The genetic architecture of resistance

Curr Opin Plant Biol. 2000 Aug;3(4):285-90. doi: 10.1016/s1369-5266(00)00081-9.


Plant resistance genes (R genes), especially the nucleotide binding site leucine-rich repeat (NBS-LRR) family of sequences, have been extensively studied in terms of structural organization, sequence evolution and genome distribution. These studies indicate that NBS-LRR sequences can be split into two related groups that have distinct amino-acid motif organizations, evolutionary histories and signal transduction pathways. One NBS-LRR group, characterized by the presence of a Toll/interleukin receptor domain at the amino-terminal end, seems to be absent from the Poaceae. Phylogenetic analysis suggests that a small number of NBS-LRR sequences existed among ancient Angiosperms and that these ancestral sequences diversified after the separation into distinct taxonomic families. There are probably hundreds, perhaps thousands, of NBS-LRR sequences and other types of R gene-like sequences within a typical plant genome. These sequences frequently reside in 'mega-clusters' consisting of smaller clusters with several members each, all localized within a few million base pairs of one another. The organization of R-gene clusters highlights a tension between diversifying and conservative selection that may be relevant to gene families that are unrelated to disease resistance.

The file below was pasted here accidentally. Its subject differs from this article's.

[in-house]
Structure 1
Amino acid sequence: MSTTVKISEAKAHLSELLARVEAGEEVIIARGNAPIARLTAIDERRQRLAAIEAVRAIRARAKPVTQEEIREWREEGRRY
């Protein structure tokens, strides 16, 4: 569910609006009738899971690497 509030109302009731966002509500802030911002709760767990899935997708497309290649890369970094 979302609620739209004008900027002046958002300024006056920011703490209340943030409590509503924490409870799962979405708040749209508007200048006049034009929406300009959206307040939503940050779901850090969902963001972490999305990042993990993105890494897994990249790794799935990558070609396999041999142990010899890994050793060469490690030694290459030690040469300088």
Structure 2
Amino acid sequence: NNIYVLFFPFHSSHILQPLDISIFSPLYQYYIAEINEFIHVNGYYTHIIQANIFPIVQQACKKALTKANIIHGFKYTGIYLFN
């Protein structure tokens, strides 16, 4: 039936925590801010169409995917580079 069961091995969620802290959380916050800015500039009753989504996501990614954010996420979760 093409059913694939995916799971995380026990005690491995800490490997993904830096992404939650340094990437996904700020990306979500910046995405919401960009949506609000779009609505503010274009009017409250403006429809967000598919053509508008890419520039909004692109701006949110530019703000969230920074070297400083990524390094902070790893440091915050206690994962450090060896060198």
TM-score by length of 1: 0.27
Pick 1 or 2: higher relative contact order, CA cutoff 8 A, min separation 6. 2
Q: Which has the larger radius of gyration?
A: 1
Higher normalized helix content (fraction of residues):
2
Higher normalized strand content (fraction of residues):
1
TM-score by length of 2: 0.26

Publication types

  • Review

MeSH terms

  • Amino Acid Motifs
  • Animals
  • Evolution, Molecular
  • Genes, Plant / genetics*
  • Genes, Plant / physiology
  • Genome, Plant
  • Multigene Family / genetics
  • Phylogeny
  • Plant Diseases / genetics*
  • Plant Diseases / microbiology*
  • Plant Diseases / parasitology
  • Plant Proteins / chemistry
  • Plant Proteins / genetics*
  • Plant Proteins / metabolism
  • Plants / genetics*
  • Plants / microbiology
  • Plants / parasitology
  • Species Specificity


  • Plant Proteins